The Bank for International Settlements (BIS) announced a Renminbi (RMB) Liquidity Arrangement, which has been developed with the People's Bank of China (PBC), to provide liquidity to central banks through a new reserve pooling scheme. In addition, the BIS Innovation Hub set out lessons learned from the practical experiments on the cross-border use of the central bank digital currencies (CBDCs). BIS also published its Annual Economic Report for 2022, which includes a special chapter that sets out the blueprint for a future digital monetary system and examines the structural limitations of crypto-assets and decentralized finance.
RMB liquidity arrangement. This liquidity arrangement aims to provide liquidity support and can be utilized by participating central banks during future periods of market volatility. Each participating central bank contributes a minimum of RMB 15 billion or USD equivalent, in RMB or USD, placed with the BIS, creating a reserve pool. The arrangement initially includes a group of central banks in Asia and the Pacific, including Bank Indonesia, Central Bank of Malaysia, the Hong Kong Monetary Authority, the Monetary Authority of Singapore, the Central Bank of Chile, and PBC. The reserve pooling provides additional features, as participating central banks would not only be able to draw down on their contributions, but would also gain access to additional funding through a collateralized liquidity window operated by BIS, up to an amount equivalent to the central bank's share of the collateralized liquidity window.
Lessons learned on CBDCs. The BIS Innovation Hub is leading practical experiments on the CBDCs, wherein three cross-border CBDC projects have been completed with central banks and private-sector partners worldwide (Inthanon-LionRock2, Jura, and Dunbar), one project is in progress (mBridge), and yet more projects are being planned. This latest BIS publication outlines the similarities and differences of the four projects, with a view to setting out the insights and lessons learned. Collectively, the projects show that platforms with two or more CBDCs are technically feasible and offer a range of benefits that can lead to faster, cheaper, and more transparent payments across borders. However, certain concerns that remain to be tackled relate to policy considerations, legal and regulatory frameworks, and basic operational economics that might call into question the viability of multi-CBDC platforms. Hence, many avenues still remain to be explored by both the public and private sectors, individually and in collaboration. The publication notes that collaborative efforts are necessary to answer the questions ahead and that the BIS Innovation Hub is uniquely positioned to bring central banks together to explore how cross-border payments can be improved.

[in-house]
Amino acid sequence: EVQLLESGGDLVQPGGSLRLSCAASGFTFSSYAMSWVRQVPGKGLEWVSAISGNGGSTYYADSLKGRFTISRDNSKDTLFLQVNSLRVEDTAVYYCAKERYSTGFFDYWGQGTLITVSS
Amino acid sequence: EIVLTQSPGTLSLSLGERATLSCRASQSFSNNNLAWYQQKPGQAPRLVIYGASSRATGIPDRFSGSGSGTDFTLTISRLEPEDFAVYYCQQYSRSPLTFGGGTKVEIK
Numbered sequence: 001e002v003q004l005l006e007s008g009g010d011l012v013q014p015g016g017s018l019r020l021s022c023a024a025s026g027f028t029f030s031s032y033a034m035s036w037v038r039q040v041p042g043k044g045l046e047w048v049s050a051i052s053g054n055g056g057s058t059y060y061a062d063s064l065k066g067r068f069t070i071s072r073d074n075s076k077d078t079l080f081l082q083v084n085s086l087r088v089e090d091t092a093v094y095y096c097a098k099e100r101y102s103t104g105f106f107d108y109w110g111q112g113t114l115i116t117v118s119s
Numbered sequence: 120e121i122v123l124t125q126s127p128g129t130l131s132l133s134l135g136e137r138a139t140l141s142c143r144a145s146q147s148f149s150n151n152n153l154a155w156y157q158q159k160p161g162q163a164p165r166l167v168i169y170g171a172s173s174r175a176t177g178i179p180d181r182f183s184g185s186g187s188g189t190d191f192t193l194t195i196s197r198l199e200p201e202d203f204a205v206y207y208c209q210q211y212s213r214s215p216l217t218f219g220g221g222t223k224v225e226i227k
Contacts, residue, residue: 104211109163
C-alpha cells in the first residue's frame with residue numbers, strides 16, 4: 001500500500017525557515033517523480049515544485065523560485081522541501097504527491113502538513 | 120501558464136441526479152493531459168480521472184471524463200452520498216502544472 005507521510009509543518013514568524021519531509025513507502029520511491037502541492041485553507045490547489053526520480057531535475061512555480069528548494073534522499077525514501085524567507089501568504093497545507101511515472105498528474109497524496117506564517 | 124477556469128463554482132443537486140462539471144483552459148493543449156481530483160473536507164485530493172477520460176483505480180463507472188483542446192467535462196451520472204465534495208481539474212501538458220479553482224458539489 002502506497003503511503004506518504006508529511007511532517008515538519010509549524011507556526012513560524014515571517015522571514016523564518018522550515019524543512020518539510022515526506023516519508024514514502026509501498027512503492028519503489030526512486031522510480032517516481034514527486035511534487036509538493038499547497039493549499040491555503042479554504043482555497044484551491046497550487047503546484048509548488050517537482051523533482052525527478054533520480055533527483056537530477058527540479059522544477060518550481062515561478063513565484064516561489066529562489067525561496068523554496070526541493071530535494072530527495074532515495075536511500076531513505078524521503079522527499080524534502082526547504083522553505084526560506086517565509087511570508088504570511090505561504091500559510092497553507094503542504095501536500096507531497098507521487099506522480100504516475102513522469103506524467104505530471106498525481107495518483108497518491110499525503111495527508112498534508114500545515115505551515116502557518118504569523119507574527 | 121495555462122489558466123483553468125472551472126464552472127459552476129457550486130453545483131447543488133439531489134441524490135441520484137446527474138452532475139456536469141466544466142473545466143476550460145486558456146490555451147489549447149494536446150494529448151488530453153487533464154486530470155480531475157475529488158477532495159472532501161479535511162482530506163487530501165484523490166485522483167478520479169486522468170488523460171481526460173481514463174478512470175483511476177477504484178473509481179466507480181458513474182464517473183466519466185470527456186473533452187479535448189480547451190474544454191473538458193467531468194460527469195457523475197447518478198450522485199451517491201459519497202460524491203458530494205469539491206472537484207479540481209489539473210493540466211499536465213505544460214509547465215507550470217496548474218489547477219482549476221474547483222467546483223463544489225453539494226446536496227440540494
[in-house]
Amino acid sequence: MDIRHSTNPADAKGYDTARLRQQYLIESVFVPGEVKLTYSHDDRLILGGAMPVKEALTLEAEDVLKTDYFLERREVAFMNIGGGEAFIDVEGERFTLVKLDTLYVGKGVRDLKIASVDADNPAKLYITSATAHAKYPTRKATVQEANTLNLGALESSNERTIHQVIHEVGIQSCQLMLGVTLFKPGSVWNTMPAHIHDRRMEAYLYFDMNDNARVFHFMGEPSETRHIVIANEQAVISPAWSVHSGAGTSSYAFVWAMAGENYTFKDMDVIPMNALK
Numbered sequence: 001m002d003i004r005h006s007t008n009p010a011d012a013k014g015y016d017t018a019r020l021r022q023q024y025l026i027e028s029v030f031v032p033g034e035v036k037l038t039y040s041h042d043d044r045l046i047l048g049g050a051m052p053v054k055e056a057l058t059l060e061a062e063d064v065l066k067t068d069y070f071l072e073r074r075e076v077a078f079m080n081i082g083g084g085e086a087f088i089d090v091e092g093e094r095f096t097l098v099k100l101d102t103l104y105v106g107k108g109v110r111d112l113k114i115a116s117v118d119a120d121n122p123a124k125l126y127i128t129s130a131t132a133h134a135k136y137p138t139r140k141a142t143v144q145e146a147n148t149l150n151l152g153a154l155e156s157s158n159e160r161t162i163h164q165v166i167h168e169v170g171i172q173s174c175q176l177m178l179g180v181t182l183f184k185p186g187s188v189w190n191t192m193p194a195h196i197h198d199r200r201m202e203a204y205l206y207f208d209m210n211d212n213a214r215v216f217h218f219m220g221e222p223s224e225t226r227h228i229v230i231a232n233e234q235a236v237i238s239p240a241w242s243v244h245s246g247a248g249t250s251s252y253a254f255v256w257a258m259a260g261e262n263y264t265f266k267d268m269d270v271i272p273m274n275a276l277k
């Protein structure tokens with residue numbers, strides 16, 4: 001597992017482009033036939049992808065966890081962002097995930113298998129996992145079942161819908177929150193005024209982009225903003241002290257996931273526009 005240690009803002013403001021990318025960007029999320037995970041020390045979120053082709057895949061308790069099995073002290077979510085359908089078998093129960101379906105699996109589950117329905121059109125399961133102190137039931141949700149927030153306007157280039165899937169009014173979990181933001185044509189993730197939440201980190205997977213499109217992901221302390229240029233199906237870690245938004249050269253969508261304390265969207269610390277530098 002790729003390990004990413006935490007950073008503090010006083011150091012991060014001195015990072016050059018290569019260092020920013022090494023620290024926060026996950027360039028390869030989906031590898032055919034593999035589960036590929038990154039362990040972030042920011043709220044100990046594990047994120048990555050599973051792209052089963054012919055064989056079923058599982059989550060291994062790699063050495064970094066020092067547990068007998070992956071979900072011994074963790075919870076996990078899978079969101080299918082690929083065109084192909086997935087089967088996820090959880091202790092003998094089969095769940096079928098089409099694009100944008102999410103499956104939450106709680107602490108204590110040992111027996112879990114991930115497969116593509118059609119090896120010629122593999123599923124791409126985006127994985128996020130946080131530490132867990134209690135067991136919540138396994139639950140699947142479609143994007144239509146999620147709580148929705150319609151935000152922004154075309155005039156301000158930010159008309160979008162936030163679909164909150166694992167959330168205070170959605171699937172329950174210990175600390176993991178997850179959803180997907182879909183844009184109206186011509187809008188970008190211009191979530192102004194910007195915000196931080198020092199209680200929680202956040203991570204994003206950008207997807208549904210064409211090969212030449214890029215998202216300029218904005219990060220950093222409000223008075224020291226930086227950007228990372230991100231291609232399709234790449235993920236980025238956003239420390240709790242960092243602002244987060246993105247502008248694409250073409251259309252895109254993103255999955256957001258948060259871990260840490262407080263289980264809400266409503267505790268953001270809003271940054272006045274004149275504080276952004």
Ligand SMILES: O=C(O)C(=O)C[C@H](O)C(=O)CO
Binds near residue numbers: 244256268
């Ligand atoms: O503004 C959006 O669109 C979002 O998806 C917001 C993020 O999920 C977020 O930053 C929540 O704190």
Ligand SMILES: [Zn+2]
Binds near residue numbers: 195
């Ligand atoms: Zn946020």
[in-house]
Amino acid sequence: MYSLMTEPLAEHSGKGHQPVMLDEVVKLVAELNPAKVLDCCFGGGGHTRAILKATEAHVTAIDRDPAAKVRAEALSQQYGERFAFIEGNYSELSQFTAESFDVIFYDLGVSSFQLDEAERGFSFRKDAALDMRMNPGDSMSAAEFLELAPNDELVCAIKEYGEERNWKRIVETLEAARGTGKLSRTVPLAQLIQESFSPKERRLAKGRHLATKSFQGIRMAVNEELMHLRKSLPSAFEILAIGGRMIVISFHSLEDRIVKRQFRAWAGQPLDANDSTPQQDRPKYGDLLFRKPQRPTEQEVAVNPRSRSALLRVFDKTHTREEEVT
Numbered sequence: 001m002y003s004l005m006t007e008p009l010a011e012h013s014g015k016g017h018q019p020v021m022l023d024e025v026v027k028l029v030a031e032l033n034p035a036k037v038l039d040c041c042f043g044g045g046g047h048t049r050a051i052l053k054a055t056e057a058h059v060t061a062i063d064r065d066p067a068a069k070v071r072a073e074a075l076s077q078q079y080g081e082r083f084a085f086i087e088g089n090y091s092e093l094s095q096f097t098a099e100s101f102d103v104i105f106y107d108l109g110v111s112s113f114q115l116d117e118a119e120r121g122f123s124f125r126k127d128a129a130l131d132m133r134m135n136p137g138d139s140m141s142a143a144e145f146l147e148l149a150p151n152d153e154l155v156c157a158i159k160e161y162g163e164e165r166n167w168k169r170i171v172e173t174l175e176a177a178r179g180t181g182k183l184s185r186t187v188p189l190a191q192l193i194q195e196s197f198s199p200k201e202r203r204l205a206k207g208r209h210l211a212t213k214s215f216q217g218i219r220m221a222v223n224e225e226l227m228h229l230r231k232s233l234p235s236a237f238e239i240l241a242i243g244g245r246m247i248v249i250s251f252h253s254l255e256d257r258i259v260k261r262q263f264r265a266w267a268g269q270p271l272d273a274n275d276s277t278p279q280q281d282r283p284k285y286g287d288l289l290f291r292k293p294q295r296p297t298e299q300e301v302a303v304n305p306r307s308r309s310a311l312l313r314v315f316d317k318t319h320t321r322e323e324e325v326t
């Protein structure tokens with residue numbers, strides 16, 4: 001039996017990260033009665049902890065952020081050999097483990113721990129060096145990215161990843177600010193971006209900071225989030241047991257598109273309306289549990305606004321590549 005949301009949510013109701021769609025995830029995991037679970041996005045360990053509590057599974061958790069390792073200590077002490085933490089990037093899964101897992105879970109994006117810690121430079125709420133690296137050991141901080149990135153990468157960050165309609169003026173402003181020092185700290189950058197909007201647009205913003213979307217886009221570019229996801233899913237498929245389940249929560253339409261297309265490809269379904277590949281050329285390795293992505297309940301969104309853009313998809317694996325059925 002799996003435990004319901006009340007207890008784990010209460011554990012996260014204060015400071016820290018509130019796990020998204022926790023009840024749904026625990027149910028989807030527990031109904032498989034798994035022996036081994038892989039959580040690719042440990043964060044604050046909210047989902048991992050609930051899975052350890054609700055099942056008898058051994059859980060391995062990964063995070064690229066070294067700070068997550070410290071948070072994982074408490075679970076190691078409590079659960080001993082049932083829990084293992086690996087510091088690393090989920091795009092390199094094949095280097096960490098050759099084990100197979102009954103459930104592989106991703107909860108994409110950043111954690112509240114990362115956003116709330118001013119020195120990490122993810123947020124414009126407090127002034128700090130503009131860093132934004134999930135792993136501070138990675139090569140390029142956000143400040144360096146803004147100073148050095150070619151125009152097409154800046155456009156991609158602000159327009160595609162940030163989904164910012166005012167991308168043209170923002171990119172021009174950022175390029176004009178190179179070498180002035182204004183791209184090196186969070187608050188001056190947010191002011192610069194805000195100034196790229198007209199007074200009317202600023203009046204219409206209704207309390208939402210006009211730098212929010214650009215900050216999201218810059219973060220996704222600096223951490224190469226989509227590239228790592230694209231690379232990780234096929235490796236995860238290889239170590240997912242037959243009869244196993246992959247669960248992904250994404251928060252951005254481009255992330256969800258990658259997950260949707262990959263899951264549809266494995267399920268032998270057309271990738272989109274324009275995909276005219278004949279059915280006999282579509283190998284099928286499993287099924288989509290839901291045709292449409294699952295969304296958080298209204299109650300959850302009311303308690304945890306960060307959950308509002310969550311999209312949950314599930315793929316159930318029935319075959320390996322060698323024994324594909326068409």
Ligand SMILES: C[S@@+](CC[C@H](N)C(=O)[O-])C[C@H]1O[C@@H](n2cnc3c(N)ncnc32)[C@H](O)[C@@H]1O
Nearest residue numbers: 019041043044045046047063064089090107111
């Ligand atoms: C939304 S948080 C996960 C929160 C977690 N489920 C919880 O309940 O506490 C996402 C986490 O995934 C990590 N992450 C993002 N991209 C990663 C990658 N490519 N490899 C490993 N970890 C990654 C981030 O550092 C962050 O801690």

Annual Economic Report for 2022. The report contains a chapter that examines the structural limitations of crypto and decentralized finance (DeFi), outlining the inherent risks in their design. The chapter highlights that a digital version of money issued by a central bank could provide many of the same features offered by cryptocurrencies and stablecoins. The chapter includes a summary of the structural limitations that prevent blockchains from processing a high volume of transactions per second, like other public and private payment systems and provides an outline of the best regulatory approaches to crypto and decentralized finance risks. It also features a discussion on how permissioned distributed ledger technology systems can use central bank money, along with the insights on how to design retail CBDCs that support financial inclusion. The chapter notes that recent advances in wholesale and retail CBDCs and retail fast payment systems could form the basis of an adaptable future monetary system that fosters private-sector innovation, while enabling greater financial inclusion and user control over data. It is highlighted that the future monetary system should be the fusion of new capabilities around the core of trust provided by the central bank. The private sector will provide customer-facing activities with new functions such as the tokenization of money and financial instruments and instant retail payments through new interfaces. This combination could bring about lower costs, greater financial inclusion, more user control over financial data, improved integrity, and seamless cross-border activity, helping to overcome shortcomings in today's arrangements.
- Press Release on RMB Liquidity Arrangement
- Notification on Using CBDCs Across Border
- Annual Economic Report 2022
- Press Release on Future Digital Monetary System
Keywords: International, Asia Pacific, China, Banking, Liquidity Risk, RMB Liquidity Arrangement, CBDC, Digital Currencies, Suptech, Basel, Regtech, Decentralized Finance, BIS Innovation Hub, BIS
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